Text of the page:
The following is the last point of the sermon I will teach today called “You Are The Man.”
“Then David comforted Bathsheba, his wife, and slept with her. She became pregnant and gave birth to a son, and Davidnamed him Solomon. The Lord loved the child and sent word through Nathan the prophet that they should name him Jedidiah (which means “beloved of the Lord”), as the Lord had commanded.” – 2 Samuel 12:24-25
This is the part of the story that tells me God is full of endless grace and mercy. It shows us a God who sees a bad situation, knows He’s been sinned against, punishes the sin but then – and here’s the challenging part – God doesn’t hold it over their head. Unfortunately we, mere fallen humans, can still tell stories about how we were wronged, and feel the pain in that wrong, years and years later. We hold it over people’s heads in the way we speak or don’t speak to them. We don’t ever completely let it go. But God does, and He makes sure we know it. It is one of those character traits of God that we have the most trouble imitating.
After their baby dies – the baby conceived in sin – David comforts Bathsheba, let’s her mourn, and then resumes relations with her. She conceives and gives birth to a son, whom they call Solomon, which means “God is his peace.” The name Solomon and the word Shalom (peace), both share in the name Jerusalem, the City of Peace.
But God instructs Nathan to tell David and Bathsheba to call the child Jedidiah, which means “Loved by the Lord.” God was saying, “David, you sinned greatly. But My grace and mercy will make sure that your family will have My love and compassion. I will show you how much I love you by the way I love your children.” And by this, David knew God loved him.
I remember a story told by Dick Foth, the president of Bethany Bible College while I was a student there. One day President Foth came home from work and, while his wife Ruth was in the kitchen preparing dinner, he did what dads do best: he got down on the floor and starting playing with the kids. There was wrestling and roughhousing and noise and peals of laughter. Ruth came out and stood in the doorway, watching the shenanigans until it was over. Then she said to Dick, “Thank you for loving me.”
“Loving you?” Dick replied. “I was only playing with the kids.”
“Yes,” she said. “But when you love my kids you love me.”
How many ladies completely and immediately understand this? I must admit that as a man, it took me a while but I finally caught on. And I think something like that is taking place here. God is showing how much He loves David and Bathsheba, despite their recent despicable sins, by showing how much He loves their children. God isn’t holding it over their heads. He isn’t using their past as leverage against them. True, there will still be consequences and reverberations from David’s choices, but that doesn’t take away God’s love for David. Or for us.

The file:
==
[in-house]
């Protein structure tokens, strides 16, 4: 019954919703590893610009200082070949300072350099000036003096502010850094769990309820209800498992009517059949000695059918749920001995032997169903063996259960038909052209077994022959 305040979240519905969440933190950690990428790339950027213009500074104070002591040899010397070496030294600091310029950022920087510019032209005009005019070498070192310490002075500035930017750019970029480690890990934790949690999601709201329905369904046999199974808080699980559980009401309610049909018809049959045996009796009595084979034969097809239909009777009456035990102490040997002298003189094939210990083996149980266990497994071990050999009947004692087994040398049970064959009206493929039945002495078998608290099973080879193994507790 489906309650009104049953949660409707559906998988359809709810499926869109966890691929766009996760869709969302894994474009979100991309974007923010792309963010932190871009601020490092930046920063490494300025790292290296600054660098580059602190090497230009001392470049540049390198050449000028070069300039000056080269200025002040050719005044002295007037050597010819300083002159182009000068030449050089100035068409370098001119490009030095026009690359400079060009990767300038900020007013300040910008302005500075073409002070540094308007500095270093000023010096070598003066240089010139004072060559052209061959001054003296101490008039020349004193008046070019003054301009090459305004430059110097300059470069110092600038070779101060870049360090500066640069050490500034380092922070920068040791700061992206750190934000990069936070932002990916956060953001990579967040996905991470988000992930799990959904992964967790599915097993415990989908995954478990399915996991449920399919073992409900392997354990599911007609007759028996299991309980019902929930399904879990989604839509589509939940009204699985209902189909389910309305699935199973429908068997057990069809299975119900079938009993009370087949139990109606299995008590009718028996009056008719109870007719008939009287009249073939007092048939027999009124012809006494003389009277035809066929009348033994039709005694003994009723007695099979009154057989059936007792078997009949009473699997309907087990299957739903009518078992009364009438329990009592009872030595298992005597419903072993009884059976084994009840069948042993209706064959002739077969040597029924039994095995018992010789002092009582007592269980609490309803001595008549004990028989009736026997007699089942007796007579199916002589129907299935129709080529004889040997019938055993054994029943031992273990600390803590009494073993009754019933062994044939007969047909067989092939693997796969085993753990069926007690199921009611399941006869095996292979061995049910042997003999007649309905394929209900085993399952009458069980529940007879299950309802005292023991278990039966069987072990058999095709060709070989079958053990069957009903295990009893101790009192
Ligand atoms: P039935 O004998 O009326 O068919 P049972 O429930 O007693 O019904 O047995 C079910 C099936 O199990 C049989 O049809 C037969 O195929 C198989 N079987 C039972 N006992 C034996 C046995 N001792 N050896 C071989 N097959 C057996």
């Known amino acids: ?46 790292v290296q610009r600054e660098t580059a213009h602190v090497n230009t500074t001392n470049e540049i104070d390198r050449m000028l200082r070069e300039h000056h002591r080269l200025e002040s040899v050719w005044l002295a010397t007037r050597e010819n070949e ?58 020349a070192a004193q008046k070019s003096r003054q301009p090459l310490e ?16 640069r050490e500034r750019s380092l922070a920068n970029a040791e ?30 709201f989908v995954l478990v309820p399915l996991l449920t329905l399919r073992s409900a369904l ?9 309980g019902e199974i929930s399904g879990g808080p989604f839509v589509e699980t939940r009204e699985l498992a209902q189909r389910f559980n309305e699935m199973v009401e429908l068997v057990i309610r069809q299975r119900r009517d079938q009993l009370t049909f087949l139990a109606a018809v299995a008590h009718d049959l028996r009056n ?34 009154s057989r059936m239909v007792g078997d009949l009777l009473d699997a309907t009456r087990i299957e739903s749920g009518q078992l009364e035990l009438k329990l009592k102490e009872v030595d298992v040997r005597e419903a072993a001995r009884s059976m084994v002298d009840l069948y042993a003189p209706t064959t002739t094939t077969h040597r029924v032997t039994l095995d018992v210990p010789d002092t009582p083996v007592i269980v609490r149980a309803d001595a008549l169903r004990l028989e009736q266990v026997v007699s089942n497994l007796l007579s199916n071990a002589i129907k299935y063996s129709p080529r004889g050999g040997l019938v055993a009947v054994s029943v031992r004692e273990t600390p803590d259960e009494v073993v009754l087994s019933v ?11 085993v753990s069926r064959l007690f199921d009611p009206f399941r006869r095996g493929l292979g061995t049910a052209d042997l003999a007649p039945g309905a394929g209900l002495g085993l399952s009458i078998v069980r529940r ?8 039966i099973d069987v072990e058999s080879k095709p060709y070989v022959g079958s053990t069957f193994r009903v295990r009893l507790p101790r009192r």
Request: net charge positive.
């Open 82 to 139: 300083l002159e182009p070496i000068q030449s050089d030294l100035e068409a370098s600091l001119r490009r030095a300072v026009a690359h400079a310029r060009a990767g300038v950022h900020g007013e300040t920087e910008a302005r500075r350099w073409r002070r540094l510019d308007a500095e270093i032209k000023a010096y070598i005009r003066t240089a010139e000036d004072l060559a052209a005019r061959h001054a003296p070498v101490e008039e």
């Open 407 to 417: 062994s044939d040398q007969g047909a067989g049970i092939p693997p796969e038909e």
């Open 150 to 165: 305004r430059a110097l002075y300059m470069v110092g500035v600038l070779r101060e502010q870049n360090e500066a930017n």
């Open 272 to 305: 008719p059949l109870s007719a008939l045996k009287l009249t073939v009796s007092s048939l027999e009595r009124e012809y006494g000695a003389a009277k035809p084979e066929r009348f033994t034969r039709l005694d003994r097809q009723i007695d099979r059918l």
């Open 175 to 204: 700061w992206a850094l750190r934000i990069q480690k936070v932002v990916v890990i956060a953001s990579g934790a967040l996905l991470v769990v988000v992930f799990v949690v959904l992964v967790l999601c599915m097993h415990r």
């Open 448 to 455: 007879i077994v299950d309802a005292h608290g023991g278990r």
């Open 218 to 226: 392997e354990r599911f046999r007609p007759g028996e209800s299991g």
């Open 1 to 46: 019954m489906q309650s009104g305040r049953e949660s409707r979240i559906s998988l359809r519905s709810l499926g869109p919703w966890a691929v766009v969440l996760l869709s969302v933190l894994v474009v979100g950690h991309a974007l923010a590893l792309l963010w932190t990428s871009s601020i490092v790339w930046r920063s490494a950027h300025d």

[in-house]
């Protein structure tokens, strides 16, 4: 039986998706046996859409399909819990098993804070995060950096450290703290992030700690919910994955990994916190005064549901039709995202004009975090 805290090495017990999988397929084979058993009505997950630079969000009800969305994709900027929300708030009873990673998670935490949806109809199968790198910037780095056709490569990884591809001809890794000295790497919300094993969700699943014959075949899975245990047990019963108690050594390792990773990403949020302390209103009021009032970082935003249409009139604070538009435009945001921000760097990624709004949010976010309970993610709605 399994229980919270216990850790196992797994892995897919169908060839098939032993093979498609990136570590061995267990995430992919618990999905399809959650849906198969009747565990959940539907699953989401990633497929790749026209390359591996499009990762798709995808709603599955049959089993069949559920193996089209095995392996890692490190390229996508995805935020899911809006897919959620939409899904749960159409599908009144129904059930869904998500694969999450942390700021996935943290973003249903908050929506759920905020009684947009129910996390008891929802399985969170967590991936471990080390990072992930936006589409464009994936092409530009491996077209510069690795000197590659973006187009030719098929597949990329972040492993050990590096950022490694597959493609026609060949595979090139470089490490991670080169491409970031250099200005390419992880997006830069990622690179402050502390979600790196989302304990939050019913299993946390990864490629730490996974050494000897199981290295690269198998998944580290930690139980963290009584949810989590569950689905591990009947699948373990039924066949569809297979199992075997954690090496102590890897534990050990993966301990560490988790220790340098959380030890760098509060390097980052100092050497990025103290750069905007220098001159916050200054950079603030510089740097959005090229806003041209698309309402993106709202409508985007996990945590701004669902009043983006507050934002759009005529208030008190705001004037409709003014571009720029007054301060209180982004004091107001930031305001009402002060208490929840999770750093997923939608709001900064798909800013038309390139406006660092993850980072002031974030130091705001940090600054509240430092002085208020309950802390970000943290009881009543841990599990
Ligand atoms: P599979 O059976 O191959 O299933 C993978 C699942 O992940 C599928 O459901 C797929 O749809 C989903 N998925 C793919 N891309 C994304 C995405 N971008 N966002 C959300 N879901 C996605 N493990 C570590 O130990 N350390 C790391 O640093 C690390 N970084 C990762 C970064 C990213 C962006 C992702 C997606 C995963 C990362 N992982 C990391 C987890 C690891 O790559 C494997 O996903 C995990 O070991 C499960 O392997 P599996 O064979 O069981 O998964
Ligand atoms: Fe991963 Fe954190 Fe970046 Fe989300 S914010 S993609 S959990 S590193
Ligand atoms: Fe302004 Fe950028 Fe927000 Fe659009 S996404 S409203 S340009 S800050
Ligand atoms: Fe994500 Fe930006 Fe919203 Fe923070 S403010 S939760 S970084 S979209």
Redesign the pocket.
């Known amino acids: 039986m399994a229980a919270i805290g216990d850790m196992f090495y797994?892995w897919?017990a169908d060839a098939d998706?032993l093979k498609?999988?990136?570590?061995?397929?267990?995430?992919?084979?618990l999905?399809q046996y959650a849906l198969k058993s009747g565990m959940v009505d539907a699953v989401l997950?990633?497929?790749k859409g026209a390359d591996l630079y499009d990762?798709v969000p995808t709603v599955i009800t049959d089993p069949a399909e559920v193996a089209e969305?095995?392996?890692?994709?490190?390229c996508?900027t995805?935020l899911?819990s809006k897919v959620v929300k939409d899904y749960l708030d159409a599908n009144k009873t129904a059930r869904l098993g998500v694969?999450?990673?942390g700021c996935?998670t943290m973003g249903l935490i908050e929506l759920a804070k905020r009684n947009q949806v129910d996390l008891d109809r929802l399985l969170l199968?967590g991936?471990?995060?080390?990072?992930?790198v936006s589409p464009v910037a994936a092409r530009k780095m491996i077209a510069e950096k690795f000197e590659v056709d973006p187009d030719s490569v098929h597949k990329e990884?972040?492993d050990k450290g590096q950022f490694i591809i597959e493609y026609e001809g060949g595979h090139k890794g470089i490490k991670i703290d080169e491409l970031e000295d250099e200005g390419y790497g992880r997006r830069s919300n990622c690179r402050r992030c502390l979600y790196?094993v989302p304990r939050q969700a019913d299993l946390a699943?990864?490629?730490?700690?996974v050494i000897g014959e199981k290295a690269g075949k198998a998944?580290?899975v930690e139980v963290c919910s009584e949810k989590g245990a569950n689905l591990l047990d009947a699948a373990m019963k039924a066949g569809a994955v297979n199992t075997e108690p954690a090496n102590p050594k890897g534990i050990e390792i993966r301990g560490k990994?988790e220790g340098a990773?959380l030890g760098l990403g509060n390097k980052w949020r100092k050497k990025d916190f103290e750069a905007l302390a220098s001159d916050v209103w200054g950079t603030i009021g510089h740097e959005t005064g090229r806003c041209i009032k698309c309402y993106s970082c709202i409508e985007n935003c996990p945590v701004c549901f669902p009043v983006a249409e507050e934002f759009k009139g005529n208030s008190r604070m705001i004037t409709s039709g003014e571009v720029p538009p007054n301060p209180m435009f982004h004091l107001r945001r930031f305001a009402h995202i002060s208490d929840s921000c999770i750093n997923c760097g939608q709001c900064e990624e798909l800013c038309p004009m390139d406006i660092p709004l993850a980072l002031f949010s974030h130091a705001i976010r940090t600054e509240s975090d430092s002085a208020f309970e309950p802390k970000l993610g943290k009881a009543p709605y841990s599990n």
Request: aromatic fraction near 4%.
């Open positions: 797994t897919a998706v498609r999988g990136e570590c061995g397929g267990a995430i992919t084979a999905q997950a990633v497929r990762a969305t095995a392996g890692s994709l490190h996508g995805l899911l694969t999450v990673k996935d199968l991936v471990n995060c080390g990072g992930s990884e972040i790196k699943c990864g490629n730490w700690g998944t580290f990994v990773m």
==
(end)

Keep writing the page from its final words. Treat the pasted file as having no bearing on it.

That is the amazing part about God’s grace and lovingkindness. He creates mankind knowing we will sin. He sends His Son to die for our sins because it was the only adequate way to overcome the sin problem. And God doesn’t wait for us to clean up our act before He loves us. That is the way we treat one another; it is not the way God treats us, for Rom. 5:8 says, “But God showed his great love for us by sending Christ to die for us while we were still sinners.” While we were still sinners! Are you letting that sink in?
Then God goes even further. He blesses us. And then He keeps blessing us. And God, knowing tomorrow we’d be a total wreck, still blesses us today. God didn’t withhold His blessings and presence from David even when He knew David would commit adultery and murder. One day God’s presence is all over David as he dances before the Ark of God, and later he is on his face pleading for the life of his infant son, and the love of God never fails him. Why? Because in God’s unique way, “Where sin increased, grace increased all the more” – Rom. 5:20.
Nathan said to David, “You are the man.” And that is the story of every person here. We are sinners, we are saved, we are grateful. We sin again, we mourn, and God shows us His love over and over again.
When Jesus came up out of the water after being baptized by John, a voice came from heaven and said, “This is my Son, whom I love; with him I am well pleased” – Matt. 3:17. This is how God views every one of His children. This love is not based on what we do or how we act. It is based on what Christ has done for us and our acceptance of that gift by faith. Eph. 2:8-9 says, “For it is by grace you have been saved, through faith—and this is not from yourselves, it is the gift of God—not by works, so that no one can boast.”
You are the man. You are the woman. You are the child of God who goes from sinner to being saved to sinning again, only to hear God keep saying, “You are my beloved child, whom I love, and with you I am well pleased.” It is the reason we still like to sing, “Amazing Grace.” It amazes us, God’s love and grace does. It never gives up on us. We are a room full of Jedidiah’s, for we are all “Loved by the Lord.”